Everyone knows that Japan sustains its unprecedented national debt by borrowing money from its own people. The willingness of Japan's private sector to lend near-infinite amounts of money to the government at a pittance of an interest rate is legendary.
What Hoshi and Ito do is this: They assume that Japan's current government deficits, current GDP growth rates, and current savings rates will basically be maintained. Then they simply calculate the time when ALL of Japan's private wealth will be held in Japanese government bonds. Beyond that point, Japan will only be able to finance its deficits by borrowing money from foreigners, which of course will instantly push interest rates up to the point where Japan is forced to default. Under all of the scenarios, doomsday comes before 2023. Of course, that is making some very extreme assumptions, i.e. that government borrowing crowds out all other borrowing and that Japan's private sector demand for government bonds does not falter.
The upshot: Unless it balances its budget, Japan will start borrowing from foreigners in the next decade.
So there are three questions that follow, in my mind. The first is: Who is buying Japanese government bonds, and why? The second is: Why can't Japan balance its budget? The third is: "What will happen if Japan has to borrow from foreigners?" To answer these questions, I asked some Japanese econ professors what they thought. What follows is a distillation of facts that they gave me about the Japanese economy, some but not all of which can be verified by looking at official statistics.
On the question of "Who is buying Japanese government bonds, and why?", the answer appears to be: Pension funds, insurance companies, and regional banks. This answer is slightly different, though not hugely different, from the answer I gave when I blogged about the topic last year.
Japan's private individuals, who previously bought a lot of bonds with their non-pension savings, hold a lot of JGBs but are not buying any new ones. Partly, this is because Japan's household savings rate has dropped to near zero (which itself is partly due to rapid aging). Partly, it is because - all talk of "culture" to the side - people are just not that interested in holding such a low-yielding asset.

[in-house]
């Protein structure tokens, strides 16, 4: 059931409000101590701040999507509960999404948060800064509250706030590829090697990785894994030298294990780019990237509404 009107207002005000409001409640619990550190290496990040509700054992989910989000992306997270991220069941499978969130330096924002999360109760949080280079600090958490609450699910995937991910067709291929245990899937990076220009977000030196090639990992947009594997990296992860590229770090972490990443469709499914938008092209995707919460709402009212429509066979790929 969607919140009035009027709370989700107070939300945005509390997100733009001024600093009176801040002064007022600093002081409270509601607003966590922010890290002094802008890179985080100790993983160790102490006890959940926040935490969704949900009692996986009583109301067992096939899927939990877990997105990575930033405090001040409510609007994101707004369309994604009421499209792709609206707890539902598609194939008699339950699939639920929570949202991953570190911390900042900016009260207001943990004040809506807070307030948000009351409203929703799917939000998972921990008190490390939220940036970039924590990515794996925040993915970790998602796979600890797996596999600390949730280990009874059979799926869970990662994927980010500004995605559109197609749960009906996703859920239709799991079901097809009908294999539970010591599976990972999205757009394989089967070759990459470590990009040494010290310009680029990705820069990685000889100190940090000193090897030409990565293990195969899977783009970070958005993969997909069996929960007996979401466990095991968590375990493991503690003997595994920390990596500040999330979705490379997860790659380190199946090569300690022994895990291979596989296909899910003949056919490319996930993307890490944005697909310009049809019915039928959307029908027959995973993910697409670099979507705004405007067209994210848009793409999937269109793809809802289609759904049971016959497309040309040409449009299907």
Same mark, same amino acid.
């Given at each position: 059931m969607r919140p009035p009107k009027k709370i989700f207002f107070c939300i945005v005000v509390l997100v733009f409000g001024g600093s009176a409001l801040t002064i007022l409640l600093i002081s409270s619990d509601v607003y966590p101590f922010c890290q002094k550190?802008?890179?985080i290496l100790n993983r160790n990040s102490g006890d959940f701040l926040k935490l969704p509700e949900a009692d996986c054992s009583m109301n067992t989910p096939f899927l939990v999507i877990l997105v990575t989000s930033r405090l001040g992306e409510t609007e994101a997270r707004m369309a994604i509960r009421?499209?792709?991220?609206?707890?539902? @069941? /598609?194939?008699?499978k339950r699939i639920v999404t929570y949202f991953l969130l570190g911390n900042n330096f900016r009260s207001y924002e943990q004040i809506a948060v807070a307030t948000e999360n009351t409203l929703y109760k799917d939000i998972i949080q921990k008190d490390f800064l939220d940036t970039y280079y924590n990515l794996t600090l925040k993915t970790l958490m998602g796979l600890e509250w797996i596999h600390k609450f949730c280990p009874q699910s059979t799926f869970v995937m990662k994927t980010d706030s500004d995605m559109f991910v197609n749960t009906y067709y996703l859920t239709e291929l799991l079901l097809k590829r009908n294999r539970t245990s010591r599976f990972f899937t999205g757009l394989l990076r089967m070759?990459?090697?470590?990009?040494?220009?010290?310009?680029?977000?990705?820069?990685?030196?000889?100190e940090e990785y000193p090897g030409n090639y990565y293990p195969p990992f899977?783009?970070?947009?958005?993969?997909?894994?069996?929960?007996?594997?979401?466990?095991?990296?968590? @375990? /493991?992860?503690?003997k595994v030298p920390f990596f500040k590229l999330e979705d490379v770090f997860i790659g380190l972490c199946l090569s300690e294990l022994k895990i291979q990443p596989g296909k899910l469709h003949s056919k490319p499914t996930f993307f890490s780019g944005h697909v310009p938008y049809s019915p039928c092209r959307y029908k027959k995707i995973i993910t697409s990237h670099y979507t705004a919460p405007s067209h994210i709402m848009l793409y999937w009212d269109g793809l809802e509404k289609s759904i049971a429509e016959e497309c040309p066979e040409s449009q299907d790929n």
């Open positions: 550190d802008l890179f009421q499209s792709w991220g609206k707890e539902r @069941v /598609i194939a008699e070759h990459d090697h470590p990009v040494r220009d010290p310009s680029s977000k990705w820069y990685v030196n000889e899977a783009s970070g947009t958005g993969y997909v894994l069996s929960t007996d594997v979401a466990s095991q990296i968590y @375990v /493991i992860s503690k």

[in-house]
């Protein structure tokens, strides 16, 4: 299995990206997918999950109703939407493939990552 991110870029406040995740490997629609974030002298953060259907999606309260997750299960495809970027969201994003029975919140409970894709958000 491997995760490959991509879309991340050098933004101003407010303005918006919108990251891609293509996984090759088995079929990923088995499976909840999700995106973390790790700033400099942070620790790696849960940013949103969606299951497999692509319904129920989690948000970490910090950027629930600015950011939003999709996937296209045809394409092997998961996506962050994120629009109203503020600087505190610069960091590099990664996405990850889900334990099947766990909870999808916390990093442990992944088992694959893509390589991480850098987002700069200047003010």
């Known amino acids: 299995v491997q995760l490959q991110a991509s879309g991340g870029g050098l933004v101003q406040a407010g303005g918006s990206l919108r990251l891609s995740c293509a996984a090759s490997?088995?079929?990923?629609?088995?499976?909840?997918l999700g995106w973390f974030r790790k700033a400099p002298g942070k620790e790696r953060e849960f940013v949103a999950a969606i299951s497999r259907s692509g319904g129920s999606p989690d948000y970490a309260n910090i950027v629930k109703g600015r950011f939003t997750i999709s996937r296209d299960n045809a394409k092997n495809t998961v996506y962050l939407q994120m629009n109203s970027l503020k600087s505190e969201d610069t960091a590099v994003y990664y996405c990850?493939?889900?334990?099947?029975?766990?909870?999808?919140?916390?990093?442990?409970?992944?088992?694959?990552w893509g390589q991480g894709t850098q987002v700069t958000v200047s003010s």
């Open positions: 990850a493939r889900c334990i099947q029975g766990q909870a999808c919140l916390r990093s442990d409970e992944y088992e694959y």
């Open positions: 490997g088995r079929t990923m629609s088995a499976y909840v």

Japan's big banks and non-financial companies are similarly refusing to buy more JGBs. The Ministry of Finance, whose job it is to sell JGBs, had been leaning hard on big banks and companies to buy more of the bonds. However, the bureaucracy is not all-powerful (again, contrary to the stereotypes), and companies have basically said "No more!".
Pension funds and insurance companies, however, are a different story. The Ministry of Finance apparently has much more leverage over these guys, and basically forces pension funds to put households' savings in JGBs. But you may ask: Why don't workers demand that their funds invest in something higher-yielding? And here is what a professor told me:
In Japan, you can't do that!! In America, workers have a say in what asset classes their pensions go into. In Japan, this is apparently not the case. A 22-year-old entry-level worker, who really should have all of his money in global stocks, has absolutely no ability to stop his pension from putting all his money into low-yielding Japanese government bonds. Nor can he simply withdraw his pension early; apparently that is also not allowed in Japan. I am not 100% sure I believe that Japanese pensions work like this, but this is what people insist is true. If they are telling me something wrong, please let me know.